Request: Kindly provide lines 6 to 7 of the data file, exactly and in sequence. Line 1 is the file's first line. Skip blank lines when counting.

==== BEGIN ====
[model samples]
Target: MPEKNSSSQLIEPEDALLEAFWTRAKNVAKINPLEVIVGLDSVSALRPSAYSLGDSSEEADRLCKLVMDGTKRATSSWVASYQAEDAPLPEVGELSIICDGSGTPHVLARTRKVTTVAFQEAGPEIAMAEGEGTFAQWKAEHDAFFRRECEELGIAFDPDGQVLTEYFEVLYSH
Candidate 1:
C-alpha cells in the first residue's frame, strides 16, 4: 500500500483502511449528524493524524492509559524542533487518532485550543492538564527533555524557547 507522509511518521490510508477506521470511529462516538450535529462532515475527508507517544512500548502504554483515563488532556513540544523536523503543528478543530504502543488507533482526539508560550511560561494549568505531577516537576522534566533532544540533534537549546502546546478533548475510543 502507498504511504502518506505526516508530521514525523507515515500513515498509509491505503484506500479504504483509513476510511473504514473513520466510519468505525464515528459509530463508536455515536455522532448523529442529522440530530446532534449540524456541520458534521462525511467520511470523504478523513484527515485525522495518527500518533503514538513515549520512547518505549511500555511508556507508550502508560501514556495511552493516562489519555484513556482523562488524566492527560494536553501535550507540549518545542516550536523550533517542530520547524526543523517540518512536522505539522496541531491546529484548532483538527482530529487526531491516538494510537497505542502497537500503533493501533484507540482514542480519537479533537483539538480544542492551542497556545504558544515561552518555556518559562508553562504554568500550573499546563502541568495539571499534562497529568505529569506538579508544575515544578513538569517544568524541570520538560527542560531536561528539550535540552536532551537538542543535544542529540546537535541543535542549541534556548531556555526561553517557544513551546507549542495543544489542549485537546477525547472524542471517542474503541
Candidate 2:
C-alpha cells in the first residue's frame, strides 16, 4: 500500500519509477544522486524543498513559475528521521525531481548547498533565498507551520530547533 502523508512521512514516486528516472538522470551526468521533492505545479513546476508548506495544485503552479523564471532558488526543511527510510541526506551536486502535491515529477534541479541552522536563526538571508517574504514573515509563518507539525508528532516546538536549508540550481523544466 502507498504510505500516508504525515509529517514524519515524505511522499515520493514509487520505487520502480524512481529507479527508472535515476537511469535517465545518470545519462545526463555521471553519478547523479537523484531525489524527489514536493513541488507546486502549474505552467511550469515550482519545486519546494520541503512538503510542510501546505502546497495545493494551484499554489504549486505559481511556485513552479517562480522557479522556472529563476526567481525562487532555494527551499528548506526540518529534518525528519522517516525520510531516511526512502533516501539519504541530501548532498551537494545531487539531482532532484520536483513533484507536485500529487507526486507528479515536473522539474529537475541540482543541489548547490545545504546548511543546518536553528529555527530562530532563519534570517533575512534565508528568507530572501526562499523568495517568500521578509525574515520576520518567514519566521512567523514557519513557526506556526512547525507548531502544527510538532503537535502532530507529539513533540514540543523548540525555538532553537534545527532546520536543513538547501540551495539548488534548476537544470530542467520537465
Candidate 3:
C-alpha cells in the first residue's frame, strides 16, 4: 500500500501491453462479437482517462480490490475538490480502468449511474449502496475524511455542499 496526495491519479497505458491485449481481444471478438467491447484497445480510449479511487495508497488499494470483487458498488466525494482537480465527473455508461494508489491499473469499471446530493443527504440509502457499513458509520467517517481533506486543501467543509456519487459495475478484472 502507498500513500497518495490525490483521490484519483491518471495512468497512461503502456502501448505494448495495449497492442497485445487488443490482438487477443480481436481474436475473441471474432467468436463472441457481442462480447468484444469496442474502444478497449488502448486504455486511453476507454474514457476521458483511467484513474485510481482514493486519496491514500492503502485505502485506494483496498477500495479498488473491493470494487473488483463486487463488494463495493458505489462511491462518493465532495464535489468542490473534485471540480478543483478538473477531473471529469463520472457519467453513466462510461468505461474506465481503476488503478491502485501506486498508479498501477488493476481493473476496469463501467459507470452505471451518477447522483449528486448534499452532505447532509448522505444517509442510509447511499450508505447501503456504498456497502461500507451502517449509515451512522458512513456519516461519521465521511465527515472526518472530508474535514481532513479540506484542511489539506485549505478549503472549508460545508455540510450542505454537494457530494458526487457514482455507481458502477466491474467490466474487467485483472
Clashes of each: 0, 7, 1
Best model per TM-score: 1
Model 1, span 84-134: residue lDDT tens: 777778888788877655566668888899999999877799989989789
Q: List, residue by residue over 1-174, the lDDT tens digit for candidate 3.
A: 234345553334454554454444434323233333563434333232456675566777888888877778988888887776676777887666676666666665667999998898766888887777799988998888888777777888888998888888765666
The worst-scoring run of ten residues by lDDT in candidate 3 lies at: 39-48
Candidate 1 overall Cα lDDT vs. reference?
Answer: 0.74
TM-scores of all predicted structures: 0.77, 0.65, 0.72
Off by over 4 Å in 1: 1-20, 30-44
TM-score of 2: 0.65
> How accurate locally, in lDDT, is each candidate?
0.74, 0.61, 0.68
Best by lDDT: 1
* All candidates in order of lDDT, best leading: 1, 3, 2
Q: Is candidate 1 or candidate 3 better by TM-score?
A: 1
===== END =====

C-alpha cells in the first residue's frame, strides 16, 4: 500500500519509477544522486524543498513559475528521521525531481548547498533565498507551520530547533 502523508512521512514516486528516472538522470551526468521533492505545479513546476508548506495544485503552479523564471532558488526543511527510510541526506551536486502535491515529477534541479541552522536563526538571508517574504514573515509563518507539525508528532516546538536549508540550481523544466 502507498504510505500516508504525515509529517514524519515524505511522499515520493514509487520505487520502480524512481529507479527508472535515476537511469535517465545518470545519462545526463555521471553519478547523479537523484531525489524527489514536493513541488507546486502549474505552467511550469515550482519545486519546494520541503512538503510542510501546505502546497495545493494551484499554489504549486505559481511556485513552479517562480522557479522556472529563476526567481525562487532555494527551499528548506526540518529534518525528519522517516525520510531516511526512502533516501539519504541530501548532498551537494545531487539531482532532484520536483513533484507536485500529487507526486507528479515536473522539474529537475541540482543541489548547490545545504546548511543546518536553528529555527530562530532563519534570517533575512534565508528568507530572501526562499523568495517568500521578509525574515520576520518567514519566521512567523514557519513557526506556526512547525507548531502544527510538532503537535502532530507529539513533540514540543523548540525555538532553537534545527532546520536543513538547501540551495539548488534548476537544470530542467520537465
Candidate 3: